As a disabled, autistic person the odds were staggeringly high for me to be a victim of abuse. I am the one in five. I have been physically, sexually, emotionally, and spiritually abused. It is just how it is. I’m finally safe, at age twenty nine.
Many of my friends have also been abused. And I’ve heard so many of them say that because I’ve been abused “more” or because they’ve “only” been emotionally abused, it wasn’t that bad. Here’s the thing: there is no just for abuse. Abuse is abuse. Full stop. End of story.
It’s easy for us to say things weren’t so bad. It’s easy for us to say that our abusd was deserved. I know that time after time, I’ve told myself. God, there are still nights where I tell myself that. That I deserved it. But it’s simply not true.
I bet none of my friends who say they were “just” emotionally abused would turn and say it to a friend. There would tell them their experiences are real and valid. But yet it’s so much harder when it comes to ourselves.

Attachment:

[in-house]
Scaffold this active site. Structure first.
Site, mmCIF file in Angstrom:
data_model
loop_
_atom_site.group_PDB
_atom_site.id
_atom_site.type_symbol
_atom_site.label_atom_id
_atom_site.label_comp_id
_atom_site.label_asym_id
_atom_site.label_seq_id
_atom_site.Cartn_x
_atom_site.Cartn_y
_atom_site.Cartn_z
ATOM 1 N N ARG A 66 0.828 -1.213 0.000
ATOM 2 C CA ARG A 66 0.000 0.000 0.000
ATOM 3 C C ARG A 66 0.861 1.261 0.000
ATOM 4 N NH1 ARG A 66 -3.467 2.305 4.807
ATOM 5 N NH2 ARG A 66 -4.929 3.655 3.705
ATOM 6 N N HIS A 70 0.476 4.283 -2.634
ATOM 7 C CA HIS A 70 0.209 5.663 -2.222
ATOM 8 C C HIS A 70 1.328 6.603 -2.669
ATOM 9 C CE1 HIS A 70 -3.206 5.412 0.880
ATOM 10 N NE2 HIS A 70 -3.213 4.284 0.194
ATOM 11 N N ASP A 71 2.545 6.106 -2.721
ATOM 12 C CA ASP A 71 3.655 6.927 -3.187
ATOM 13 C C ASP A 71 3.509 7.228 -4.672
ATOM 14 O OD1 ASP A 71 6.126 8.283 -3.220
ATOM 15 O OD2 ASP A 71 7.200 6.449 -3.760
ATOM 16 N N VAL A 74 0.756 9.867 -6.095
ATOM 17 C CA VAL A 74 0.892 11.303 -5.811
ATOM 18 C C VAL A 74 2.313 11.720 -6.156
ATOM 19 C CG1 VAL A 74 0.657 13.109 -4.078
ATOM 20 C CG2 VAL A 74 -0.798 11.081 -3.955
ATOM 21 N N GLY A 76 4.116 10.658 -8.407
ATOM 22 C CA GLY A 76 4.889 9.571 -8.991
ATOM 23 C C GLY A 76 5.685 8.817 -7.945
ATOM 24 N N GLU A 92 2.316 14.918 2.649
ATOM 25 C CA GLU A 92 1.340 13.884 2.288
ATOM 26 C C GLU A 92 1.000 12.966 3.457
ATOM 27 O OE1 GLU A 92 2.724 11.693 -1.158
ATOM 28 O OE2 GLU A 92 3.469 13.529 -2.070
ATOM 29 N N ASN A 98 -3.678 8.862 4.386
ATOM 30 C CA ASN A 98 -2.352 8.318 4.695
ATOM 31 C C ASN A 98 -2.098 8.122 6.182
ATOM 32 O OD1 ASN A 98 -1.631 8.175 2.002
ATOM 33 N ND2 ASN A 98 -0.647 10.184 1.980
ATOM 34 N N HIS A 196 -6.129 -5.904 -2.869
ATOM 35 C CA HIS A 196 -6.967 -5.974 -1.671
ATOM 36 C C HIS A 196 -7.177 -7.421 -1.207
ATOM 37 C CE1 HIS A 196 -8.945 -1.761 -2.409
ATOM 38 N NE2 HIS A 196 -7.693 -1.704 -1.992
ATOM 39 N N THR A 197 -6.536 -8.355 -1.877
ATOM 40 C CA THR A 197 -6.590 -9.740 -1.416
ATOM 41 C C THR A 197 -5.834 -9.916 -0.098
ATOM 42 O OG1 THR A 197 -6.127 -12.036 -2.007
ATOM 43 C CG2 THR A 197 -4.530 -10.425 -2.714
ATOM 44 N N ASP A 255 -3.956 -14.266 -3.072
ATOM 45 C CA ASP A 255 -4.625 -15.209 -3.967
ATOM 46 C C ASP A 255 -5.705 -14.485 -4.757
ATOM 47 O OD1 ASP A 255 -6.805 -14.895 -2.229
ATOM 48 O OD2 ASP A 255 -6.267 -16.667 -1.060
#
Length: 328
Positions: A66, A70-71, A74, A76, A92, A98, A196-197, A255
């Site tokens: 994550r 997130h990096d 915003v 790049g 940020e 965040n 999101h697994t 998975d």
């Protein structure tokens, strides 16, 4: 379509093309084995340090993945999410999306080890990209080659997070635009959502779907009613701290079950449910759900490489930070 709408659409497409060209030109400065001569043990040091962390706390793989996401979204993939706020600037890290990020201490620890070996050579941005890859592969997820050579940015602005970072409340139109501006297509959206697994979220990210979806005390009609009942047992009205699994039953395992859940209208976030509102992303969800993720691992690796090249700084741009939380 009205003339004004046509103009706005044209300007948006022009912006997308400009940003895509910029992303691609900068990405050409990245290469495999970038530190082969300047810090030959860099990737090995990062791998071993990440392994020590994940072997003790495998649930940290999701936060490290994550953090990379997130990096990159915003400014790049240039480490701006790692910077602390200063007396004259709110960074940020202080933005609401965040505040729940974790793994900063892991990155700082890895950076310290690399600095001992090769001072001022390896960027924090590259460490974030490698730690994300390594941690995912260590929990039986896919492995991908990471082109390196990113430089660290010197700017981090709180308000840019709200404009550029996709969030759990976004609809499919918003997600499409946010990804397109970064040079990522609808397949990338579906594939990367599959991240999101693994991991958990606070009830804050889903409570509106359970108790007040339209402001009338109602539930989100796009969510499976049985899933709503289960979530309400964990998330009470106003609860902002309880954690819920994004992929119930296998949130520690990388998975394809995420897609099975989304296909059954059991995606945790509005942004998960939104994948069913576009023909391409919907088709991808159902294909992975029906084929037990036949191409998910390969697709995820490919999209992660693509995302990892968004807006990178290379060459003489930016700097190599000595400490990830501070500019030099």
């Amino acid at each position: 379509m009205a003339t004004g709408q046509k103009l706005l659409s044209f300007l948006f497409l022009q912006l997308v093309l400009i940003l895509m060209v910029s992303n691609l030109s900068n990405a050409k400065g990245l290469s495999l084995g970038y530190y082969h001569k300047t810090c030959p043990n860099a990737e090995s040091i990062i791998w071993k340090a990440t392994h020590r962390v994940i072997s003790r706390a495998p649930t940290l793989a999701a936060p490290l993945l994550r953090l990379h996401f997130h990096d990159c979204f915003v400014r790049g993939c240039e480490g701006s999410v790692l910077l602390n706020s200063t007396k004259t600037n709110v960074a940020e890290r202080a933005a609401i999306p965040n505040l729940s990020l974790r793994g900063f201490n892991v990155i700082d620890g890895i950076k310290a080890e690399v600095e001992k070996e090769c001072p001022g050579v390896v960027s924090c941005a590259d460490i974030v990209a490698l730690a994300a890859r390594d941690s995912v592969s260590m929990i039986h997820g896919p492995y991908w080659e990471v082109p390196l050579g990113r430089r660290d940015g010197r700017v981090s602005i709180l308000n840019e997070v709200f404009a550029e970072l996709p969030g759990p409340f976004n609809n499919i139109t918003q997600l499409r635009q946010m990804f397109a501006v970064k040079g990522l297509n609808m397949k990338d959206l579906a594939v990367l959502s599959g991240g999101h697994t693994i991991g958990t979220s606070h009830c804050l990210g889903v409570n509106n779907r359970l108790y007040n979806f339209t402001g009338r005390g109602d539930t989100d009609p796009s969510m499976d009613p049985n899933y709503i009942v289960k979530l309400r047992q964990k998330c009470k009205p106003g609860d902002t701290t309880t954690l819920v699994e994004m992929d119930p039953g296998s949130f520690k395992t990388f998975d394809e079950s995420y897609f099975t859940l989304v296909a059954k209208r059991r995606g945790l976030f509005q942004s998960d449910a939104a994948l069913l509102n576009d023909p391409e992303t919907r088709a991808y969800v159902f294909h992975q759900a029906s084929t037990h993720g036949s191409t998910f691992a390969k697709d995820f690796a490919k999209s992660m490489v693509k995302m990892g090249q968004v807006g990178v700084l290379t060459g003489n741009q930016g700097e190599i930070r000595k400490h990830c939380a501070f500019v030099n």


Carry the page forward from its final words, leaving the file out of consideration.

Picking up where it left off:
I’ve been emotionally and verbally abused by my former PCA.
I was abused in all kinds of ways from my family of origin.
I’ve been spiritually abused by the church.
Each one led to my PTSD. Wanna know something? I got the PTSD dx based solely on my emotional abuse history. Before I told anyone about the other stuff. While I suspect I actually have complex PTSD, that is another story.
If you have been abused, you have been abused. There is no only. There is no just. You were abused. You didn’t deserve it. Nothing you did could have made a difference. It is on them – your abusers. Not you.
If you were abused, in any way, you are allowed to say so. You are permitted to have feelings. It’s okay to say that you had a traumatic upbringing. Because there is no just when it comes to abuse.